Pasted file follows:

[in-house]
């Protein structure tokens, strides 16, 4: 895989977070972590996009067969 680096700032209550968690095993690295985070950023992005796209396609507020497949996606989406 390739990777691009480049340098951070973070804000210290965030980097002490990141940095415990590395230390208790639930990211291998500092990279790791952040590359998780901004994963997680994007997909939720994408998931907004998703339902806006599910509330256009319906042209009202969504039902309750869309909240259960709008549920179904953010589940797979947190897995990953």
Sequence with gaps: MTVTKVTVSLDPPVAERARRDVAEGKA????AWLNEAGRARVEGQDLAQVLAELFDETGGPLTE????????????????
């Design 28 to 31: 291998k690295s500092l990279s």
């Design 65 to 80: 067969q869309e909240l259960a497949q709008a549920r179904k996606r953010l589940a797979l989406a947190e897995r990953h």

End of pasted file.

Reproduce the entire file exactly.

[in-house]
């Protein structure tokens, strides 16, 4: 895989977070972590996009067969 680096700032209550968690095993690295985070950023992005796209396609507020497949996606989406 390739990777691009480049340098951070973070804000210290965030980097002490990141940095415990590395230390208790639930990211291998500092990279790791952040590359998780901004994963997680994007997909939720994408998931907004998703339902806006599910509330256009319906042209009202969504039902309750869309909240259960709008549920179904953010589940797979947190897995990953």
Sequence with gaps: MTVTKVTVSLDPPVAERARRDVAEGKA????AWLNEAGRARVEGQDLAQVLAELFDETGGPLTE????????????????
């Design 28 to 31: 291998k690295s500092l990279s």
């Design 65 to 80: 067969q869309e909240l259960a497949q709008a549920r179904k996606r953010l589940a797979l989406a947190e897995r990953h």